Why The Crimson Love Their Choos: An Interview with Chester French

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Why The Crimson Love Their Choos: An Interview with Chester French

Chester French is the architect who designed the Lincoln Memorial and “The Spirit of Life.” He’s also a synth-rock band signed to Pharrell’s Star Trak label, a band masterminded by two fresh-out-of-Harvard, button-down-wearing white boys. The tale of D.A. Wallach and Maxwell Drummey is one of dormitory sessions and persistent demo-distribution, of intuition and drily dirty wit. Most of all, it is one of talent, and the ability to put it to use. Below, the boys talk genre-bending, wet tee-shirt contests, and coveting their neighbors’ physiques.

First of all, your name… What was its genesis?
DA: We named ourselves after Daniel Chester French, the sculptor.

Max: He had a cool name, and we didn’t, so we took his.

You have a pretty unique sound; can you describe your musical trajectories? Did you grow up in musical families?

DA: I didn’t grow up in a musical family, although my dad did introduce me to Jazz, which was my primary interest at a couple of points in time. Like every kid, I took piano lessons until I was maybe 11 or 12. Then I started on drums and played until college when I began singing.

Max: My grandfather is a pianist and led a jazz big band when my dad was a kid. We had a piano around the house, so I started taking lessons on that when I was 3. When I was 8 or 9 I got really into playing guitar. In high school I started teaching myself jazz guitar and studying composition. I also got into playing drums and bass then. When we started making the album, I spent some time learning how to arrange for orchestral instruments and how to play a bunch more things. I”ve always been into all types of music, especially things that sound unique and different, so I”m constantly looking for new instruments and sounds as well as new ways to use them.

I read that you became friends your first year at Harvard, in the dining hall. Was there this instant connection? How did you decide to form a band?
DA: We got along well right away. We decided to form the band a bit haphazardly with three other dudes who were also freshmen at school.

Max: We played as a band for about a year with the other guys before we started boiling it down to the two of us in the studio.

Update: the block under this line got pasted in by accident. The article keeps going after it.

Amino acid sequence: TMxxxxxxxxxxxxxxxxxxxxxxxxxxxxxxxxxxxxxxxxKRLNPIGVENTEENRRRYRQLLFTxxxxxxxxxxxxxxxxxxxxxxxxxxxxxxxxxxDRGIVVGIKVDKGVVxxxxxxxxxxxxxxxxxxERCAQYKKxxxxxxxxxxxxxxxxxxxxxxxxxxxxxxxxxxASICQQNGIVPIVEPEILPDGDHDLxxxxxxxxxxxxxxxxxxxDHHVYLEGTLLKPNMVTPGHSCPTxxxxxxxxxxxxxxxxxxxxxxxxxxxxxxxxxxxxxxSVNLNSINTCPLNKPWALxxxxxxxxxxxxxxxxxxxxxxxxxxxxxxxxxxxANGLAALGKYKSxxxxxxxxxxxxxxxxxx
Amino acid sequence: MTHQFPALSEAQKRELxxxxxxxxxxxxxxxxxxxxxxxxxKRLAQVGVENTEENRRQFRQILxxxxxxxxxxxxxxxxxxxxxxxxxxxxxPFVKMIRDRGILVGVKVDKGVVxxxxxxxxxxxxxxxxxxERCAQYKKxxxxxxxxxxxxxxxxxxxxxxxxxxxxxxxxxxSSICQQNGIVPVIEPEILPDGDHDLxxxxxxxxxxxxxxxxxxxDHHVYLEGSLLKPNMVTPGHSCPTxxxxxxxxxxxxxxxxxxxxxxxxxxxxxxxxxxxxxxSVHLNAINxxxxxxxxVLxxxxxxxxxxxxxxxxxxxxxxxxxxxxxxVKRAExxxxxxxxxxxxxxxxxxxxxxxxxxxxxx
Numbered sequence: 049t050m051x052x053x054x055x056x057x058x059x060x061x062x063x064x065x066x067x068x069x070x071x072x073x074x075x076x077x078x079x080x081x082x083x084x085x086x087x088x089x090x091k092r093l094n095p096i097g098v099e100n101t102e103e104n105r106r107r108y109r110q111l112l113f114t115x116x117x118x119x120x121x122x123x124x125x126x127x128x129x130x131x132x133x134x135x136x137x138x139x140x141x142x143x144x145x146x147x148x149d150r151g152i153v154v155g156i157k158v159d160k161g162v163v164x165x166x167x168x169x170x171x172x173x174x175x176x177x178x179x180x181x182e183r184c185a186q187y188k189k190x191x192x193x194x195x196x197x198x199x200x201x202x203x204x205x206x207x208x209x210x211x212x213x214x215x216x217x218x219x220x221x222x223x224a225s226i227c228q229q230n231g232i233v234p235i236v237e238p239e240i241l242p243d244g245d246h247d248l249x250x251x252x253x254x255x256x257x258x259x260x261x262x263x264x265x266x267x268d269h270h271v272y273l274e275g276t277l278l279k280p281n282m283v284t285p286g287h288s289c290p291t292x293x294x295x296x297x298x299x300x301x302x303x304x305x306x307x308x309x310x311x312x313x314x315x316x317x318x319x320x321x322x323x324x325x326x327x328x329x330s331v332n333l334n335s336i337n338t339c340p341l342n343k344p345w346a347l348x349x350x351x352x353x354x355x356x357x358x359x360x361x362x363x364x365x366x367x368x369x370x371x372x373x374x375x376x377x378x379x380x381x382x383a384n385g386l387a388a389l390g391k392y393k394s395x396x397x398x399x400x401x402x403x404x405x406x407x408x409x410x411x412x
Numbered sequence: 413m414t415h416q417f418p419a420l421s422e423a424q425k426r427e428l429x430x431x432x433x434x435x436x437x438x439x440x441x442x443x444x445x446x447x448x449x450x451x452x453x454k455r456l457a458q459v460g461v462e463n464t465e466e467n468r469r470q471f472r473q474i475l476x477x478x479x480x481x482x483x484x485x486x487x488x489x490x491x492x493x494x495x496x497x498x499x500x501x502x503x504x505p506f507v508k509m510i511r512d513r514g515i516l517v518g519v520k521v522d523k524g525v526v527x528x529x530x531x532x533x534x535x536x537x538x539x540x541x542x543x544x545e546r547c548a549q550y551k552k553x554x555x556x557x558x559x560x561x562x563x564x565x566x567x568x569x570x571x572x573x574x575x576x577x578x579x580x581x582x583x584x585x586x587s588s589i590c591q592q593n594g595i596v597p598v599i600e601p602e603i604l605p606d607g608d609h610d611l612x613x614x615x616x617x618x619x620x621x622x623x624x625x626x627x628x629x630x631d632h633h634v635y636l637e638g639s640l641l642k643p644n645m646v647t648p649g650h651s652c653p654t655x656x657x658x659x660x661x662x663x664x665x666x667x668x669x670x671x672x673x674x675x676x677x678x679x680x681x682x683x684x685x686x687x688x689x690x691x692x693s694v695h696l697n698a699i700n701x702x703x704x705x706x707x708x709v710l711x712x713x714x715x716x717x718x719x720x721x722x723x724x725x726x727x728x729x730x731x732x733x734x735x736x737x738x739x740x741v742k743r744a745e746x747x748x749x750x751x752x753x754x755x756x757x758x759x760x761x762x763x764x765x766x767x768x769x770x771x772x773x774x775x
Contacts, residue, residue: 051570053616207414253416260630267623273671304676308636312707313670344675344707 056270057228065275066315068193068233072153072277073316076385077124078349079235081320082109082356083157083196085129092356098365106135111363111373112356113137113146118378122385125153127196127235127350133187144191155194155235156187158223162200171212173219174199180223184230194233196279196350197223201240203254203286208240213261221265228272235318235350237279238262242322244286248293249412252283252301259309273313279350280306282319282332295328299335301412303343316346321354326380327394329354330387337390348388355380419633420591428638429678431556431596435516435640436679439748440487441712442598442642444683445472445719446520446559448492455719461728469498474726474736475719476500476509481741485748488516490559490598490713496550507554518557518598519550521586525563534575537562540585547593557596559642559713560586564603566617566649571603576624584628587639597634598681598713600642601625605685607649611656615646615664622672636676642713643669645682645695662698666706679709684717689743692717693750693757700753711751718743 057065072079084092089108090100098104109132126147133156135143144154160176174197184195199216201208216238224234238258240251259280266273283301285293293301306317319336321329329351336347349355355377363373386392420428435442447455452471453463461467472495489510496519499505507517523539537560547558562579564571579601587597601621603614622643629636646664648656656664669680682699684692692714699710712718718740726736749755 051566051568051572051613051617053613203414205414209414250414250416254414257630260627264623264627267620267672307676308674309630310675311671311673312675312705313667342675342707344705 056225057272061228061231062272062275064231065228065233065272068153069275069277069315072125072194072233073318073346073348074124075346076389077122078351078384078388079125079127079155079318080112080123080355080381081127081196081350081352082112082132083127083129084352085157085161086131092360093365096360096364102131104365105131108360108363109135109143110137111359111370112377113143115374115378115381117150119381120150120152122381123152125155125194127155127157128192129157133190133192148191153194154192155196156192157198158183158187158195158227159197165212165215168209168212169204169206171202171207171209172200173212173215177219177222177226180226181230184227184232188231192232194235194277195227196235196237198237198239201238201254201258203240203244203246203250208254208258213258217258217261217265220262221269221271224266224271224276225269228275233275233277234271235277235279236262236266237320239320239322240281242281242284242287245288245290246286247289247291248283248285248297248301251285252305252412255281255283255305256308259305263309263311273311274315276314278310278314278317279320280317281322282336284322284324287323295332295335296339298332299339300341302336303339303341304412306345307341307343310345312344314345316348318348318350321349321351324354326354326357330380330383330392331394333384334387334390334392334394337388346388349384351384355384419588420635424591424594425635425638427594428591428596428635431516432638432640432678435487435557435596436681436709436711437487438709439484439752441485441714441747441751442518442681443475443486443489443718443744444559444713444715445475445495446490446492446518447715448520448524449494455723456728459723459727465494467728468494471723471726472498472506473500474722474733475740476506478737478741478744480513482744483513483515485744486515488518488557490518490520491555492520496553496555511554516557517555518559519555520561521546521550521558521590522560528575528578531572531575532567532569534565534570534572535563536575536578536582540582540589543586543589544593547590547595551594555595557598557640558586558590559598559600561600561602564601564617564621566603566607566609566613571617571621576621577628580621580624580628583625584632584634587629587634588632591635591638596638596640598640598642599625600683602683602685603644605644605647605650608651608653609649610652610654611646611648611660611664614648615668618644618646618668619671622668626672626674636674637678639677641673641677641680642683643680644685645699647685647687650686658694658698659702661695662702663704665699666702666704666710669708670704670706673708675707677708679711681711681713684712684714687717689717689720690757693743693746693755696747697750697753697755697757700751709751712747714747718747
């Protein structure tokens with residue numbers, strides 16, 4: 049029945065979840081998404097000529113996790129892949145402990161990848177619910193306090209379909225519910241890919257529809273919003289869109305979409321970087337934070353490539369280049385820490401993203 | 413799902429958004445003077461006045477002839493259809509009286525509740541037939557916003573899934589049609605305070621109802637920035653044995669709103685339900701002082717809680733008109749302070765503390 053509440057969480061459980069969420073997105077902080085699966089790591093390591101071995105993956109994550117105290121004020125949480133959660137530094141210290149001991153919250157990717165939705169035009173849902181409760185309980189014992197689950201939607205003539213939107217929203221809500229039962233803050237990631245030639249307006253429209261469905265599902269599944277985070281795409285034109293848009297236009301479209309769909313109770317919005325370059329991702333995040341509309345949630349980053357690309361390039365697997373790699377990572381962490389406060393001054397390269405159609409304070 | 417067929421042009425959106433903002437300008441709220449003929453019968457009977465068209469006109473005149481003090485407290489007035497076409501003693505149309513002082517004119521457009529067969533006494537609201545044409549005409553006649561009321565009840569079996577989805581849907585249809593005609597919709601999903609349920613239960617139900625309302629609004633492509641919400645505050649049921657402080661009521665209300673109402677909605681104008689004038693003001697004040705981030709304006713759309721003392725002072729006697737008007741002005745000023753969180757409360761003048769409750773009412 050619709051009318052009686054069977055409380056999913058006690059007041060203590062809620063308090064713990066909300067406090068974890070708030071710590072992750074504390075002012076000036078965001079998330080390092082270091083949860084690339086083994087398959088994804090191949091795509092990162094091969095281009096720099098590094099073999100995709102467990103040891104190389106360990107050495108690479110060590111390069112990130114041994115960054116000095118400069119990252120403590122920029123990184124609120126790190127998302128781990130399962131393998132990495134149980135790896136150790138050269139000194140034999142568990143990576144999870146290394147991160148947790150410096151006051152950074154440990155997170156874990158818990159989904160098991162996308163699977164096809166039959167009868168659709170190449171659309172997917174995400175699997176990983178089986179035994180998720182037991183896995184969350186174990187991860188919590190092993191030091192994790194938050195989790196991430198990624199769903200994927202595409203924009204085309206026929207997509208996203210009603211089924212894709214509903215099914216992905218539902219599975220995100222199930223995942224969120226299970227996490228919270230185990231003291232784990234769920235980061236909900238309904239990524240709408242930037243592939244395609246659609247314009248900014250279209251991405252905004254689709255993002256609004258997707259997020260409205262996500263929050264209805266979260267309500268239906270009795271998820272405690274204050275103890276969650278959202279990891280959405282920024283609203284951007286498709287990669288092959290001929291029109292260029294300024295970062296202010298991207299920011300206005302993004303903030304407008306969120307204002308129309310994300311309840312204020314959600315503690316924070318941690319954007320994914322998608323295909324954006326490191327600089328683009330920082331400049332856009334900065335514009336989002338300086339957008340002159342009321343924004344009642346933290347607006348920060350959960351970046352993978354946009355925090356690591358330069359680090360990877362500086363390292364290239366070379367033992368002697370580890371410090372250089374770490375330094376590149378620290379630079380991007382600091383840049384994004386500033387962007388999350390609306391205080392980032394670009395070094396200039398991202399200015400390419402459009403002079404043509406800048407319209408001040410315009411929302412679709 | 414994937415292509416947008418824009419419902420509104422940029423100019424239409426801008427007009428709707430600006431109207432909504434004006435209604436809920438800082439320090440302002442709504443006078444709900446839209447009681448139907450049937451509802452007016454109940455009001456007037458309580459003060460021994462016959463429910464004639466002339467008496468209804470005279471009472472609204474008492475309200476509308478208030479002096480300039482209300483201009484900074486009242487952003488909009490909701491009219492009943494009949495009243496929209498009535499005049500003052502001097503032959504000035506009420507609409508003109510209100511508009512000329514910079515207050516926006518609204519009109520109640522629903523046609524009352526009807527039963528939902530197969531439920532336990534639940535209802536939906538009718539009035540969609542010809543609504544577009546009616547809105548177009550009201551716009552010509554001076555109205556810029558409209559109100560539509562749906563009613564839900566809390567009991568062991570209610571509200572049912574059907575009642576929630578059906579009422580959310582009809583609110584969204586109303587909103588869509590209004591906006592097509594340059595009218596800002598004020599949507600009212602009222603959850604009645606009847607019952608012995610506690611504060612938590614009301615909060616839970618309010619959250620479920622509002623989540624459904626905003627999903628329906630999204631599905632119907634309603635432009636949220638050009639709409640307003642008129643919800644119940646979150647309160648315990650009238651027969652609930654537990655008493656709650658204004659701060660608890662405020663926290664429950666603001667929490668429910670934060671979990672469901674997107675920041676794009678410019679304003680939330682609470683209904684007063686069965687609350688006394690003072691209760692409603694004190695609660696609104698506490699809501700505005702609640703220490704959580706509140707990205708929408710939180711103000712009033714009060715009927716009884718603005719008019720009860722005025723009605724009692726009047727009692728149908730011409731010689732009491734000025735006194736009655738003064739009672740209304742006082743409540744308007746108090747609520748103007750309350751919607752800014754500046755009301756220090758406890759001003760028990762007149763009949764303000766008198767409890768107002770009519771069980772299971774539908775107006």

What’s your thought to final cut process? Do you bounce ideas off of each other?
DA: We usually start with an instrumental or melodic idea, send it back and forth and discuss different possibilities until we solidify song sections. The longest part of the process is usually figuring out how to put different ideas together so that they form a sensibly structured song.

Max: Once the song is structured, I”ll arrange it through in my head and on paper and get the instrumental together. Lyrics usually come last.

Did it take a while for buzz to spread?
DA: We’ve been doing this for nearly five years now and buzz is still spreading.

Max: Is that an STD?

There have been a number of comparisons to Vampire Weekend, but apart from your button downs and ivy league educations, I do’t see much of a resemblance. Do you? What do you think of the current college rock scene?

DA: I’m not too familiar with the college rock scene. I don’t think we look or sound like Vampire Weekend, although I am envious of their physiques.

Max: I don”t know that there is much a “scene” in college rock. It’s pretty disaggregated. And college is boring.

Also, every review of you I’ve read mentions the Beach Boys, but I don’t see it. They’re clean surf be-bop and you’re kind of naughty synth-rock. Or maybe I’m totally off the mark. How would you describe your music?
DA: I’ll leave any sort of labeling to the critics. We certainly learned a lot from the Beach Boys but I don’t think we sound like them.

Max: We’re making gospel music, obviously.

Did you think, when you sent your demo to Star Trak, that they’d be interested? Your music isn’t hip-hop or rap, but its genre-bendiness makes me think of Outkast or Danger Doom.
DA: We always wanted to have that genre-bendiness, and it’s something that the Neptunes and NERD exemplify, as well. We hoped that they’d appreciate it and it was great news that they did.

Max: We’ve definitely learned a ton from listening to Hip-Hop and other types of music our whole lives and try to express the diversity of our interests in our music.

You’re touring the States now; what’s been your favorite venue? Crowd?

DA: We’ve had some really fun shows. Two that we especially liked were in Jacksonville, FL and L.A.

Max: I like any venue or crowd where at least one person starts getting naked during our set. Or in general too I guess.

Are you thinking of playing overseas? I have a feeling you guys would be huge there.
DA: We just did our first shows in the UK and had a blast. We hope to play internationally as much as possible.

Max: We were the same size there.

Who would be your dream tour mate?
DA: Pantera.

Max: John McCain and the Straight Talk Express.

D.A., do people think it’s funny that you”re a red-headed, freckle faced Star Traker with a B.A. in African-American Studies? I feel you guys are so different that your, er, caucasianosity works in your favor.
DA: I’m not sure if people think it’s funny. I think they find it a little surprising, but I like surprises.

Where’s Chester French headed?
DA: Cabo San Lucas.

Max: More specifically, we’ve quit our label and taken jobs as emcee and dj at a tequila bar hosting wet t-shirt contests.

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